The money flower highlights four key properties on the supply side of money: the issuer, the form, the degree of accessibility and the transfer mechanism. • The issuer can be either the central bank or “other”. “Other” includes nobody, that is, a particular type of money that is not the liability of anyone. • In terms of the form it takes, money is either electronic or physical. • Accessibility refers to how widely the type of money is available. It can either be wide or limited. • Transfer mechanism can either be a central intermediary or peer-to-peer, meaning transactions occur directly between the payer and the payee without the need for a central intermediary. Let us look at where some common types of money fit into the flower, starting with cash (or bank notes) as we know it today. Cash is issued by the central bank, is not electronic, is available to everyone and is peer-to-peer. I do not need a trusted third party such as Jens to help me pay each of you 10 euros. Let us try another one: bank deposits. They are not the liability of the central bank, mostly electronic, and in most countries available to most people, but clearly not peer-to-peer. Transferring resources from a bank deposit requires the involvement of at least your own bank, perhaps the central bank and the recipient’s bank. Think here not only of commercial bank deposits but also bills, eg non-interest bearing (bearer) certificates, issued privately, as in the case of the Bank of Amsterdam mentioned earlier. Local or regional currencies are the ones that can be spent in a particular geographical location at participating organisations. They tend to be physical. The túmin, for example, was a local currency circulating (illegally) for some time around 2010 exclusively in the Mexican municipality of Espinal. What does digitalisation mean for the flower? Digitalisation is nothing new: financial services and most forms of money have been largely digital for many years. Much of the ongoing transformation is just adding a mobile version for many services, which means that the device becomes a virtual extension of the institution. As such, there is not a new model. The money flower then also easily accommodates these forms.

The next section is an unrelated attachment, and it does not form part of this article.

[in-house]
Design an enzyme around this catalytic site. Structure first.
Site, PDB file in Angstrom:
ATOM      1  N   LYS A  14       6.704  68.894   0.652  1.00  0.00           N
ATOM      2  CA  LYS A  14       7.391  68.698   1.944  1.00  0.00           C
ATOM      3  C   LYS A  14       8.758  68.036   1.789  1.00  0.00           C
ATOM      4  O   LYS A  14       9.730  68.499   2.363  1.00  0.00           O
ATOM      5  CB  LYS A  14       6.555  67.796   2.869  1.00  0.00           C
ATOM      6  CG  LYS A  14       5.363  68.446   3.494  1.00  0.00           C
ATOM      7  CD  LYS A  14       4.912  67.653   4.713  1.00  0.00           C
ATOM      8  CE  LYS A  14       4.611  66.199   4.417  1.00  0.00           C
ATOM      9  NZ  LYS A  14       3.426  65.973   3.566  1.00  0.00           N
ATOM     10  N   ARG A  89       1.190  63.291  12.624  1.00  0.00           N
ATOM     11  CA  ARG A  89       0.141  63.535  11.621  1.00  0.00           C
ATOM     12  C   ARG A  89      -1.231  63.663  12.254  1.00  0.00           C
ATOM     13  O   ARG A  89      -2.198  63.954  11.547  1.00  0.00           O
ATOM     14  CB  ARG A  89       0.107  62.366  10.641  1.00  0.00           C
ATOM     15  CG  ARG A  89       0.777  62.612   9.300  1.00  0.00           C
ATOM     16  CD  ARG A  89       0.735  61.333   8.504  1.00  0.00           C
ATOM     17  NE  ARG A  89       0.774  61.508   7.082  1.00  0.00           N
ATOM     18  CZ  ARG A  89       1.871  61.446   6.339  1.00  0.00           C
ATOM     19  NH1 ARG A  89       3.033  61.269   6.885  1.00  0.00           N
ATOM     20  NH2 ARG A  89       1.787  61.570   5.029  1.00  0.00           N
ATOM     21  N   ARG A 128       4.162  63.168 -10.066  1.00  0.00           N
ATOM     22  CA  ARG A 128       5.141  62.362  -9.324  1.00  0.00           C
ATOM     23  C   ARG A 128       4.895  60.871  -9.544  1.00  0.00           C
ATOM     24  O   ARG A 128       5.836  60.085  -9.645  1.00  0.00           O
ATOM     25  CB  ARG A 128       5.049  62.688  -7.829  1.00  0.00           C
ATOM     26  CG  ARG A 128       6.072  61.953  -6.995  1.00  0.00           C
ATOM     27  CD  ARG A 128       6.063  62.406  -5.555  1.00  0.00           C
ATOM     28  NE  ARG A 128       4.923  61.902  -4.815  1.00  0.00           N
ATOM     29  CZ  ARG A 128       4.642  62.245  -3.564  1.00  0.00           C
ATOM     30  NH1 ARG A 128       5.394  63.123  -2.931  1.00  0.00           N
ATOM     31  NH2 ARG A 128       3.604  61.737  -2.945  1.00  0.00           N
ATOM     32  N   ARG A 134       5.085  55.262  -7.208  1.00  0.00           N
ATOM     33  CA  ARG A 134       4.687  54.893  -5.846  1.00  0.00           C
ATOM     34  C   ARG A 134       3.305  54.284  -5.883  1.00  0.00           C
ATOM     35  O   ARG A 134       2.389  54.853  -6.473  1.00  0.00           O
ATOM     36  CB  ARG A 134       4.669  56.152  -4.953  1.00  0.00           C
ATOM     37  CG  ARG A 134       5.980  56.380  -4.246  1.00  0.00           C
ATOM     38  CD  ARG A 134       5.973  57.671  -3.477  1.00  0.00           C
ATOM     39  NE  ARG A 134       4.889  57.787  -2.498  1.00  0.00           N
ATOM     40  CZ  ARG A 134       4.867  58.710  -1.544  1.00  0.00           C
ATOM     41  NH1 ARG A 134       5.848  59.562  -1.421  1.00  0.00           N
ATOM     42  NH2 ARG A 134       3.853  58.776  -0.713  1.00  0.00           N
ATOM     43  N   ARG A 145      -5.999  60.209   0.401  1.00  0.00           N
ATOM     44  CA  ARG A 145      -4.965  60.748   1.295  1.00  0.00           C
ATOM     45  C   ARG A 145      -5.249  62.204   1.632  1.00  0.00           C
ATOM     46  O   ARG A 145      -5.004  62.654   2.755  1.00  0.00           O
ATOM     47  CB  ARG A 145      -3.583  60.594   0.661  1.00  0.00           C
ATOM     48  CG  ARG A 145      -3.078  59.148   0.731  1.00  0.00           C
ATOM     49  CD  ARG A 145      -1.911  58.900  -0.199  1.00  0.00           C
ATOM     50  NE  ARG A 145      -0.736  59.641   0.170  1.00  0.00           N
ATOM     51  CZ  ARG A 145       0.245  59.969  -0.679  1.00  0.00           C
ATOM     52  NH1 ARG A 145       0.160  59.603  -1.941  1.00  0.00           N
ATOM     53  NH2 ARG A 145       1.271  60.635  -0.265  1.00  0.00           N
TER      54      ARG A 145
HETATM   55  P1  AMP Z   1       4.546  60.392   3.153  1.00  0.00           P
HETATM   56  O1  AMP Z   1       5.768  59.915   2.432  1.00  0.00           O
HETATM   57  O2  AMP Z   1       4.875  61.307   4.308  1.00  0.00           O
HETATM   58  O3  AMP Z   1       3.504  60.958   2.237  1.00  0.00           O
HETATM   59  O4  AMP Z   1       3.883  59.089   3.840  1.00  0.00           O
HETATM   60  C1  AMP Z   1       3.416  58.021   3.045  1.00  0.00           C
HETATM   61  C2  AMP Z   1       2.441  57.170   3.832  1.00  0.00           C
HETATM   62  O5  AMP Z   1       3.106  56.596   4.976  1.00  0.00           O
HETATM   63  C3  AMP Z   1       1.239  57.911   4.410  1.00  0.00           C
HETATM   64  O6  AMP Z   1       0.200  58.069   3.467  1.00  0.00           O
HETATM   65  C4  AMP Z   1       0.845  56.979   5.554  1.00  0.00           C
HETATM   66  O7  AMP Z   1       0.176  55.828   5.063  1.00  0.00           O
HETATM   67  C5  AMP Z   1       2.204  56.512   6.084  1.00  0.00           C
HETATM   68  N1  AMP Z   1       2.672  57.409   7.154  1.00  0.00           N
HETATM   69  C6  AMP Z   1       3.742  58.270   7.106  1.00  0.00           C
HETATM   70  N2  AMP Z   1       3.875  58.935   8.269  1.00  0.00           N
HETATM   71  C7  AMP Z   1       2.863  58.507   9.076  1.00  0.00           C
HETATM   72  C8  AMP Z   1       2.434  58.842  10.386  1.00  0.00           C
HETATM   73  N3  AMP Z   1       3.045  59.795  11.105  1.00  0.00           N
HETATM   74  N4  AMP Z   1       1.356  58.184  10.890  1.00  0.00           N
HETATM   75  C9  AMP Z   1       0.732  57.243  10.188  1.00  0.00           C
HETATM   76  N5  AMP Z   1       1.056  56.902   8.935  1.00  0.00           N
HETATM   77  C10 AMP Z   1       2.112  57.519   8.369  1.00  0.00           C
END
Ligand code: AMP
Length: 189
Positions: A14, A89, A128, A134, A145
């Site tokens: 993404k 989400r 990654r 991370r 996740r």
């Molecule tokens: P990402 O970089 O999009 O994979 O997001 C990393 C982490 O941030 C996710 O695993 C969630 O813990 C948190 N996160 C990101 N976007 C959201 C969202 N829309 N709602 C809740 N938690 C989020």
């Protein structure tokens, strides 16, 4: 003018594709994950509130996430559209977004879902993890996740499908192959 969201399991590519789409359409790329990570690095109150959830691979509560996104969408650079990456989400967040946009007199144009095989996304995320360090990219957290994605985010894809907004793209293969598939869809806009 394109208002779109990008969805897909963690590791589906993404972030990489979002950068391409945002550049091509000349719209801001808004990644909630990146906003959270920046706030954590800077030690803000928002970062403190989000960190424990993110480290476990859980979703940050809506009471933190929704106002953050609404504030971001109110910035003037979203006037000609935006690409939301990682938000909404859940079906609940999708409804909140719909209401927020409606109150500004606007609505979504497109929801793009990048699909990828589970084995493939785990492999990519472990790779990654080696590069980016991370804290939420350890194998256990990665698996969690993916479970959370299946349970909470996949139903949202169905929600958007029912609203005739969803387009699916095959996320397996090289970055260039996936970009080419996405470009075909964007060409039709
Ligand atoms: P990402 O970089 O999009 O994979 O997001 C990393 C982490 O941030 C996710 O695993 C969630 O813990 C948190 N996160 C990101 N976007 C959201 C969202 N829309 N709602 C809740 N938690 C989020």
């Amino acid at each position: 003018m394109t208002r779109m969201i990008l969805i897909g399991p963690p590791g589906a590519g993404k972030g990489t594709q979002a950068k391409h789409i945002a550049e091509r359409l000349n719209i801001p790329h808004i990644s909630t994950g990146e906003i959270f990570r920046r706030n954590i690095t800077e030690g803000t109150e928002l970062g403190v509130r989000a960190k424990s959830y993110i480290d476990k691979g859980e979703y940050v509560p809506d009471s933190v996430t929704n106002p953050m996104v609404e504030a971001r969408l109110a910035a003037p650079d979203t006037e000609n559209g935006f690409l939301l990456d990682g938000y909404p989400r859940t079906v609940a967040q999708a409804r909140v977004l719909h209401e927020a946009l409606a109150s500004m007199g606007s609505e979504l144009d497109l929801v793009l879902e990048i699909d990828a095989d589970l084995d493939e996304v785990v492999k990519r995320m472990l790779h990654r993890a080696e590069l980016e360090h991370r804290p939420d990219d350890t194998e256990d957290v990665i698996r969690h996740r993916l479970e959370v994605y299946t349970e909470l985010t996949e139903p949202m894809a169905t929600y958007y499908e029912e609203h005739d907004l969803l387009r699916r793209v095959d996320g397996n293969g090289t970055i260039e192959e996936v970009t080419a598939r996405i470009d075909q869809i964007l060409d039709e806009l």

That is also the case for the digital, account-based forms of money that central banks traditionally have made available to commercial banks and, in some instances, to certain other financial or public institutions (ie bank reserves). It would also be the case if the central bank were to issue digital money to the wider public for general purposes. Each central bank will have to make its own decision on whether issuing digital money is desirable, after considering factors such as the structure of the financial system and underlying preferences for privacy. The central bank community is actively analysing this issue. A potentially important and leapfrogging digital-related development, however, is distributed ledger technology (DLT), the basis for Bitcoin. Many think DLT could transform financial service provision, maybe first wholesale, then possibly retail. For example, it could enhance settlement efficiency involving securities and derivatives transactions. A few central banks have conducted experiments in this area, for example the Bank of Canada, the Bundesbank, the Monetary Authority of Singapore and the Bank of England.6 Yet doubts remain regarding the maturity of DLT and the size of associated efficiency gains relative to existing technologies. Moreover, their robustness, including to cyber-risk, is still to be fully understood and ascertained. Still, there are potential benefits, and I expect that central banks will remain engaged on this topic.7 For now, DLT is largely used to “create” bitcoin and other digital currencies. Such cryptocurrencies can be placed easily in the money flower. Nobody issues them, they are not physical and they are peer-to-peer. But beyond that, how should one think about them? What constitutes good money? Just because we are able to find a place for bitcoin in our money flower does not mean we should consider it as “good” money. As I mentioned before, trust is the fundamental tenet that underpins credible currencies, and this trust has to be earned and supported. There are many lessons from history and institutional economics on the earning of trust that we can use as we move further into digitalisation.8 Over the ages, many forms of private money have come and gone. It is fair to say that the same has happened with various experiments with public money (that is, money issued by a public entity that is not the central bank). While some lasted longer than others, most have invariably given way to some form of central bank money. The main reason for their disappearance is that the “incentives to cheat” are simply too high. Let me give three historical examples: one in Germany, another in the United States and the last one in Mexico. In Germany, the Thirty Years War (1618–48), involving small German states of the Holy Roman Empire and neighbouring regional powers, was associated with one of the most severe economic crises ever recorded, with rampant hyperinflation – just as happened three centuries later during the Weimar Republic – and the breakdown of trade and economic activity. The crisis became known as the Kipper- und Wipperzeit (the clipping and culling times), after the practice of clipping coins (shaving metal from their circumference) and sorting good coins from bad. This morning, we are launching a BIS Working Paper, by Professor Isabel Schnabel and BIS Economic Adviser Hyun Song Shin, which further details and explains this experience, as background to my speech. 6 See Bech and Garratt, op cit. 7 See Committee on Payments and Market Infrastructures, Distributed ledger technology in payment, clearing and settlement: an analytical framework, February 2017. 8 See D North, Institutions, institutional change and economic performance, 1990.